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Finding the equation of the circle which touches the pair of lines $7x^2 - 18xy +7 y^2 = 0$ and the circle $x^2 + y^2 - 8x -8y = 0$ and contained in the given circle??

My attempt The centre of required circle would lie on angle bisector of the pair of lines ie $x=y$.

Assuming circle to be $(x-h)^2+(y-h)^2=r^2$

Now $2(h-8)^2=r^2$ ( distance between the extreme of larger circle and center of contained circle,)

I am unable to frame a second equation . One way would be to calculate the angle between pair of straight lines and use it to find a relation between $r$ and $h$.

However I was looking for a better solution or suggestion ?

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  • $\begingroup$ Going through your past question I notice that nobody has taken the time yet to tell you that we MathJax on this site to format our maths. You can find a basic tutorial here. Please have a look at it so you will be able to format your own posts. $\endgroup$ – gebruiker Oct 6 '17 at 17:01
  • $\begingroup$ For the center I got $y=x$ or $y=-x$. $\endgroup$ – Michael Rozenberg Oct 6 '17 at 17:11
  • $\begingroup$ @MichaelRozenberg forgot to mention that circle lies in first quadrant. $\endgroup$ – Seema Prasad Oct 6 '17 at 17:30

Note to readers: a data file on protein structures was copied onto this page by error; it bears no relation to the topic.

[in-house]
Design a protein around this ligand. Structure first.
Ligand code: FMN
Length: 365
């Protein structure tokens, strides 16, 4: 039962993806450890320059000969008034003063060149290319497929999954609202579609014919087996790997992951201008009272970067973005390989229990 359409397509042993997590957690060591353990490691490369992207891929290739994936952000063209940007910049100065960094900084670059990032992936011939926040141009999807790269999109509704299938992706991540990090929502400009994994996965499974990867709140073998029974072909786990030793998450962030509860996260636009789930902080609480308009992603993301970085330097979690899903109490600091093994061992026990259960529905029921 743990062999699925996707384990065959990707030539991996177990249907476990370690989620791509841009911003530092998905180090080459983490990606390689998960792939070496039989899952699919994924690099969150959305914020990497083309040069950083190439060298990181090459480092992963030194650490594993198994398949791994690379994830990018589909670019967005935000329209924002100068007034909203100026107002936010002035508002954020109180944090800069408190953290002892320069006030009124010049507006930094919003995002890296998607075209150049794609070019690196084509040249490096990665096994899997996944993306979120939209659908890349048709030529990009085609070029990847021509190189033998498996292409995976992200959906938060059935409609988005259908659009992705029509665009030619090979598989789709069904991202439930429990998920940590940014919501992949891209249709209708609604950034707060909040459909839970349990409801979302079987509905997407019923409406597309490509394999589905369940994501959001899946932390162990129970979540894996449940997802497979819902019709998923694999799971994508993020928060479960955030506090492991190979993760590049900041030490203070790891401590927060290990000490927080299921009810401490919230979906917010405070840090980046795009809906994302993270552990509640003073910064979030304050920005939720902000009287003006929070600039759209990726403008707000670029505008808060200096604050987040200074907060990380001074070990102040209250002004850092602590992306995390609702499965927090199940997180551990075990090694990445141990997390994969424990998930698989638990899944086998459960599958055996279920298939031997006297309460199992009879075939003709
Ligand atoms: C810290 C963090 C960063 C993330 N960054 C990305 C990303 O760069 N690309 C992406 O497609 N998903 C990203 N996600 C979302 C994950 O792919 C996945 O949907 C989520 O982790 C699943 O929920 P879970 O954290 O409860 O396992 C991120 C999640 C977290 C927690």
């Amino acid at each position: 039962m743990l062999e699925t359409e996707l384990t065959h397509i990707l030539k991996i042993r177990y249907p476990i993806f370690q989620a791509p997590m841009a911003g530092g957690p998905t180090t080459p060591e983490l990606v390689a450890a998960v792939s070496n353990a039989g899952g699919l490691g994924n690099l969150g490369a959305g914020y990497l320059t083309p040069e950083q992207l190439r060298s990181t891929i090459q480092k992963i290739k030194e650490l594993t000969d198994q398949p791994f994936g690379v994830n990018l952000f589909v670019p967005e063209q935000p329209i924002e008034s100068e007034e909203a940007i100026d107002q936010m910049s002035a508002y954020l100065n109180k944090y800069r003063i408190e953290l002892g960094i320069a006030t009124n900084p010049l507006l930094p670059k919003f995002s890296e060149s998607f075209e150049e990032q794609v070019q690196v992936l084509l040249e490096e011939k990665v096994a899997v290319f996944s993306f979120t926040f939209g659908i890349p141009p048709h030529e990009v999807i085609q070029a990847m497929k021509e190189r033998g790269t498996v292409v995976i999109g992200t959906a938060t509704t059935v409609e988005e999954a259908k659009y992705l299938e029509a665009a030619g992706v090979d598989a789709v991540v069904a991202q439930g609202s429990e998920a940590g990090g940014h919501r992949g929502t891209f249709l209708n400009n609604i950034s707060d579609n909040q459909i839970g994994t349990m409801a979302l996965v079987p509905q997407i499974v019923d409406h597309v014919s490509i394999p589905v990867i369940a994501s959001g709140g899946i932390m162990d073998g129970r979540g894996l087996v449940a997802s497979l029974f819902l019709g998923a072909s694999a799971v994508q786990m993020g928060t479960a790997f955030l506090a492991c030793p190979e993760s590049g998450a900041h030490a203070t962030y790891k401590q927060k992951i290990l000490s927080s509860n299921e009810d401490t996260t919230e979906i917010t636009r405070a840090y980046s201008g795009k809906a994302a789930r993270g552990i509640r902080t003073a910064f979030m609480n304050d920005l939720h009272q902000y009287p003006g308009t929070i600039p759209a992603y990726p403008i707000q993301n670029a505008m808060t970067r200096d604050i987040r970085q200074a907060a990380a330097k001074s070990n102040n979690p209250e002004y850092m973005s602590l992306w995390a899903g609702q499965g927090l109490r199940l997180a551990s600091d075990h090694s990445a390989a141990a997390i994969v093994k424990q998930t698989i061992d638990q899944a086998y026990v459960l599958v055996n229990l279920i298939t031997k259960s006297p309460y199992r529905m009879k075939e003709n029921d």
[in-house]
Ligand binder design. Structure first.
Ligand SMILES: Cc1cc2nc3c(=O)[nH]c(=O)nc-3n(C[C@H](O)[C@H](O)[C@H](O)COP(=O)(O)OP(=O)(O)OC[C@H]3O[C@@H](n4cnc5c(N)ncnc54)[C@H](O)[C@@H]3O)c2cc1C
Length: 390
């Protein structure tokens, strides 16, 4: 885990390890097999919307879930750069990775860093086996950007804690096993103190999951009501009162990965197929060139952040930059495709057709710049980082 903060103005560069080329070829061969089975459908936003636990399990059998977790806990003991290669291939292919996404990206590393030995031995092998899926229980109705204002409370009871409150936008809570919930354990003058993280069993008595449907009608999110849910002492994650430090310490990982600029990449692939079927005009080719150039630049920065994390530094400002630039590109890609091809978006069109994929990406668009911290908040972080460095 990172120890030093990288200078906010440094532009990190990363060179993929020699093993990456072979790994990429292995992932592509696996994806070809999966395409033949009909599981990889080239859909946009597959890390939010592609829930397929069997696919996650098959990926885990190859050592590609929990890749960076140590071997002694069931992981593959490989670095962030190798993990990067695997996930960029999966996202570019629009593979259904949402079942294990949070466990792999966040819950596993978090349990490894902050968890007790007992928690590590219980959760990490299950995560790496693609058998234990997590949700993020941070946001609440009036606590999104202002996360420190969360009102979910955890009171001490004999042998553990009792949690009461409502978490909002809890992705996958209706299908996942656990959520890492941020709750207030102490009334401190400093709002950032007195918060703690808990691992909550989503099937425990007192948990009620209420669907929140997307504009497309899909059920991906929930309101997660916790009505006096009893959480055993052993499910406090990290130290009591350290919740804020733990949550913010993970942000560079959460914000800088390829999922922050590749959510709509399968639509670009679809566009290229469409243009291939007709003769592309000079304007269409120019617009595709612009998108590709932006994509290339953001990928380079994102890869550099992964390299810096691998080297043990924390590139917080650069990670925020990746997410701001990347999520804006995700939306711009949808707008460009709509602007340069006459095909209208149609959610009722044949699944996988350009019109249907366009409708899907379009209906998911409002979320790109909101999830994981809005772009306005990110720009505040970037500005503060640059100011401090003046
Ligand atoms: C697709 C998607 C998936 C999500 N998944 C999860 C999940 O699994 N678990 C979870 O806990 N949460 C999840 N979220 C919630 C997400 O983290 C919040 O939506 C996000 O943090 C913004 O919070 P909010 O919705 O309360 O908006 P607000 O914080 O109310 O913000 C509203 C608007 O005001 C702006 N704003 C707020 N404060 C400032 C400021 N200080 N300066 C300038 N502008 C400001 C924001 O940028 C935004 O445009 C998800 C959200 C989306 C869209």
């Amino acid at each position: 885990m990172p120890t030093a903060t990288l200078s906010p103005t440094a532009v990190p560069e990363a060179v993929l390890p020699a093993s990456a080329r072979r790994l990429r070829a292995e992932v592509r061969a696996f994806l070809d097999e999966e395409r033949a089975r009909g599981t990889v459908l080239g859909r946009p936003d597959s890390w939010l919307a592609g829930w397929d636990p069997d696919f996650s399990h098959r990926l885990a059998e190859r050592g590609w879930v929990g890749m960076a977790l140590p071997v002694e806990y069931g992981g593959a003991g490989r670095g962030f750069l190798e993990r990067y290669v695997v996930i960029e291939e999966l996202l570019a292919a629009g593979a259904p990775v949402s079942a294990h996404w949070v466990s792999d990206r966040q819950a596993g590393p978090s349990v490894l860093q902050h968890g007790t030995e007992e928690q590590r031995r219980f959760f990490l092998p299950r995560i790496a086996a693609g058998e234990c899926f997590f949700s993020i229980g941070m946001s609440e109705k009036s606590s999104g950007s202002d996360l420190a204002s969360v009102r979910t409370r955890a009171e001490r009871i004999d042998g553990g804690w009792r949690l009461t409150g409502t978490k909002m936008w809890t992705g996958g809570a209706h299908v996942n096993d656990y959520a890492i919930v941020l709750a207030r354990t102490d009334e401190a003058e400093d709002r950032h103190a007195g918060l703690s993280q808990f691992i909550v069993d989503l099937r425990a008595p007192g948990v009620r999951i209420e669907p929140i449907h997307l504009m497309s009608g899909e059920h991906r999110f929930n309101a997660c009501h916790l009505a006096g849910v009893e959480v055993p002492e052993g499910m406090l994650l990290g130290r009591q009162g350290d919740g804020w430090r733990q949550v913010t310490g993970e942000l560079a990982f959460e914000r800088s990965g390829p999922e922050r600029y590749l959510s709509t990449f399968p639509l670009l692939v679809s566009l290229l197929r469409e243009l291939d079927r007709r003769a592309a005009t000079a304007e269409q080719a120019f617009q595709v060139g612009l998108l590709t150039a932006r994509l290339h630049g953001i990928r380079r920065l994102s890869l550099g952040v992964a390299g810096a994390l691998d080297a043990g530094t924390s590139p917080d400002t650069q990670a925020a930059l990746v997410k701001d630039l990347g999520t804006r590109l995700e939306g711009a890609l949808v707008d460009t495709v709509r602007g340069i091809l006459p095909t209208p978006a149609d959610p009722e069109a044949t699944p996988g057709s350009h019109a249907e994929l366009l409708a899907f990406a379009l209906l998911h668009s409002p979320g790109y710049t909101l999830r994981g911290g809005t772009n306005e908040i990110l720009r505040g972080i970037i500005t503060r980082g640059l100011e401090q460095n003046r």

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You are almost there. All you need is to use the fact that the circle center is equidistant from both lines. In particular, using the distance formula, you can write $$r^2 = \frac{((9+4\sqrt{2})h-7h)^2}{(9+4\sqrt{2})^2+7^2} = 2(h-8)^2 \implies h=6,12.$$ Since the center $(h,h)$ lies in the bigger circle, $h\neq 12$. Consequently, $h=6$ and $r^2=8.$ So $$(x-6)^2+(y-6)^2=8$$ is the equation of the sought circle.

Note that the tangent lines are $7y = (9\pm 4\sqrt{2})x.$

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  • $\begingroup$ Thanks . I was trying to avoid calculating the lines. $\endgroup$ – Seema Prasad Oct 6 '17 at 17:30
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Hint:

enter image description here

The sought circle is the incircle of $\triangle ABC$.

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The angle bisector of the two lines $y=\dfrac{1}{7} \left(9 \pm4 \sqrt{2} \right)x$ is the line $y=x$

The wanted circle has then centre $H(k,k)$ and its radius is the distance from the given lines $\left(9+4 \sqrt{2}\right) x-7 y=0$

$$r_k=\frac{\left|\left(9+4 \sqrt{2}\right) k-7 k\right|}{\sqrt{\left(9+4 \sqrt{2}\right)^2+49}}=\frac{\left|2 \left(1+2 \sqrt{2}\right) k\right|}{12+3 \sqrt{2}}$$ The wanted circle must also be tangent to the given circle $x^2-8 x+y^2-8 y=0$ having centre $C(4,4)$ and radius $R=4\sqrt{2}$

A circle is internally tangent to another when the distance of the centres is equal to the difference of the radii (in absolute value)

Therefore we must have $CH=R-r_k$

that is $$\sqrt{(4-k)^2+(4-k)^2}=4\sqrt{2}-\frac{\left|2 \left(1+2 \sqrt{2}\right) k\right|}{12+3 \sqrt{2}}$$ which simplified, noticing that $k>4$ becomes $$\sqrt{2}(k-4)=\frac{2 \left(1+2 \sqrt{2}\right) (12-k)}{3 \left(4+\sqrt{2}\right)}$$ After a look to the conditions we can say that $k>4$ so the previous equation becomes $$\left(12+3 \sqrt{2}\right) \sqrt{2} (k-4)=2 \left(1+2 \sqrt{2}\right) k$$

Solution is $k=6$ and the wanted circle has equation

$(x-6)^2+(y-6)^2=8\to \color{red}{x^2+y^2-12x-12y+64=0}$

enter image description here

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